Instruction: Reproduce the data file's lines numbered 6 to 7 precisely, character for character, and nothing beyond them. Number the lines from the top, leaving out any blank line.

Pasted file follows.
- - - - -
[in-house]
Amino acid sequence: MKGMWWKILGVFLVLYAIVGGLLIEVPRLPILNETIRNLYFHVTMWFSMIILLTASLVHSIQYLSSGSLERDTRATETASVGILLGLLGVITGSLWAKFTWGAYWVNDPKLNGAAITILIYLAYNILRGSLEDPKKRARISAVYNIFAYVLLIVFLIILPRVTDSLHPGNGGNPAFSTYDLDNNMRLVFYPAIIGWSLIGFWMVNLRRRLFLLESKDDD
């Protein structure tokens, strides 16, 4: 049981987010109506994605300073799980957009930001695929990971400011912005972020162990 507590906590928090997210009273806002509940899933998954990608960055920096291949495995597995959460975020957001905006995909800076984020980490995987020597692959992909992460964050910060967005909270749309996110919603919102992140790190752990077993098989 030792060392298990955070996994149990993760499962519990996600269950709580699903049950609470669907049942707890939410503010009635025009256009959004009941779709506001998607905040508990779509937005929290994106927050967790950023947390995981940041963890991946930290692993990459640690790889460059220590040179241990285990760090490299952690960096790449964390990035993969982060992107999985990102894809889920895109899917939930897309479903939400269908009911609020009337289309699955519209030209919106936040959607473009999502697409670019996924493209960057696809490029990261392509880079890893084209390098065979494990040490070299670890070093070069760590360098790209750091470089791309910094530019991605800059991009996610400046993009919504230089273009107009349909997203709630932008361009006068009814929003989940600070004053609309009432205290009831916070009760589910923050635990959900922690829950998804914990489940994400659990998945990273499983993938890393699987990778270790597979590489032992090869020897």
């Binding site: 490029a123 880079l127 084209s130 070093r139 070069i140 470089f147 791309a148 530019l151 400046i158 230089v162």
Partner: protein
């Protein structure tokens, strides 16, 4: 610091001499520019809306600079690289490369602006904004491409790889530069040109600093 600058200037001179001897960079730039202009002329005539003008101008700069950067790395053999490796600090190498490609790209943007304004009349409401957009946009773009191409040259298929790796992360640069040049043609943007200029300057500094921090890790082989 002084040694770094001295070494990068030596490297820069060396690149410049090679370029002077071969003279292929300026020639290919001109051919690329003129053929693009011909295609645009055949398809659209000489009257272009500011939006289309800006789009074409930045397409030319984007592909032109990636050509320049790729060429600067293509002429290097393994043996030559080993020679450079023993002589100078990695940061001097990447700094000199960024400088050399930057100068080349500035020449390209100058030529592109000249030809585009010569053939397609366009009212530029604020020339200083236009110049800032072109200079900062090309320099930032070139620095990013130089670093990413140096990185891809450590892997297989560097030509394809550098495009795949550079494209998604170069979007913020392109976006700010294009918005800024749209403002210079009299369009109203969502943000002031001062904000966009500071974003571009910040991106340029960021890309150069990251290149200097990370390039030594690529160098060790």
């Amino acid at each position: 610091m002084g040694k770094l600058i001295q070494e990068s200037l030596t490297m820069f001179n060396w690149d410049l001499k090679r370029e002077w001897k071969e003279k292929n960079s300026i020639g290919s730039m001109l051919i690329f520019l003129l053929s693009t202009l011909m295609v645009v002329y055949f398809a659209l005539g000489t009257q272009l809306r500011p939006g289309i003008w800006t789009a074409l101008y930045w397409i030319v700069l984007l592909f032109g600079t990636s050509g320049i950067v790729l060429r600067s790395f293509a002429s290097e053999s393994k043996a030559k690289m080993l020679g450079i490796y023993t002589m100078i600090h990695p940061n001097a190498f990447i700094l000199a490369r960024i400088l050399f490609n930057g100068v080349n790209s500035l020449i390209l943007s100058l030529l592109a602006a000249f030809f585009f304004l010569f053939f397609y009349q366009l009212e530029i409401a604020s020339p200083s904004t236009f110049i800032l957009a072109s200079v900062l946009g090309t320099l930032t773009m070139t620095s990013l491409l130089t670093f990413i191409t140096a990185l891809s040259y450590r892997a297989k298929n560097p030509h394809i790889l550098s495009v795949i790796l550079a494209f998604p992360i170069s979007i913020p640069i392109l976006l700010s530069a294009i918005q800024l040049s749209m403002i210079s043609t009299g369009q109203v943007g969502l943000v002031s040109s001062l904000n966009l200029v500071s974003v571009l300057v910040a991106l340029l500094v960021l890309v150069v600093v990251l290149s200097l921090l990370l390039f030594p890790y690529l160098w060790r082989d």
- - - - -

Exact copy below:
């Protein structure tokens, strides 16, 4: 610091001499520019809306600079690289490369602006904004491409790889530069040109600093 600058200037001179001897960079730039202009002329005539003008101008700069950067790395053999490796600090190498490609790209943007304004009349409401957009946009773009191409040259298929790796992360640069040049043609943007200029300057500094921090890790082989 002084040694770094001295070494990068030596490297820069060396690149410049090679370029002077071969003279292929300026020639290919001109051919690329003129053929693009011909295609645009055949398809659209000489009257272009500011939006289309800006789009074409930045397409030319984007592909032109990636050509320049790729060429600067293509002429290097393994043996030559080993020679450079023993002589100078990695940061001097990447700094000199960024400088050399930057100068080349500035020449390209100058030529592109000249030809585009010569053939397609366009009212530029604020020339200083236009110049800032072109200079900062090309320099930032070139620095990013130089670093990413140096990185891809450590892997297989560097030509394809550098495009795949550079494209998604170069979007913020392109976006700010294009918005800024749209403002210079009299369009109203969502943000002031001062904000966009500071974003571009910040991106340029960021890309150069990251290149200097990370390039030594690529160098060790």
């Amino acid at each position: 610091m002084g040694k770094l600058i001295q070494e990068s200037l030596t490297m820069f001179n060396w690149d410049l001499k090679r370029e002077w001897k071969e003279k292929n960079s300026i020639g290919s730039m001109l051919i690329f520019l003129l053929s693009t202009l011909m295609v645009v002329y055949f398809a659209l005539g000489t009257q272009l809306r500011p939006g289309i003008w800006t789009a074409l101008y930045w397409i030319v700069l984007l592909f032109g600079t990636s050509g320049i950067v790729l060429r600067s790395f293509a002429s290097e053999s393994k043996a030559k690289m080993l020679g450079i490796y023993t002589m100078i600090h990695p940061n001097a190498f990447i700094l000199a490369r960024i400088l050399f490609n930057g100068v080349n790209s500035l020449i390209l943007s100058l030529l592109a602006a000249f030809f585009f304004l010569f053939f397609y009349q366009l009212e530029i409401a604020s020339p200083s904004t236009f110049i800032l957009a072109s200079v900062l946009g090309t320099l930032t773009m070139t620095s990013l491409l130089t670093f990413i191409t140096a990185l891809s040259y450590r892997a297989k298929n560097p030509h394809i790889l550098s495009v795949i790796l550079a494209f998604p992360i170069s979007i913020p640069i392109l976006l700010s530069a294009i918005q800024l040049s749209m403002i210079s043609t009299g369009q109203v943007g969502l943000v002031s040109s001062l904000n966009l200029v500071s974003v571009l300057v910040a991106l340029l500094v960021l890309v150069v600093v990251l290149s200097l921090l990370l390039f030594p890790y690529l160098w060790r082989d």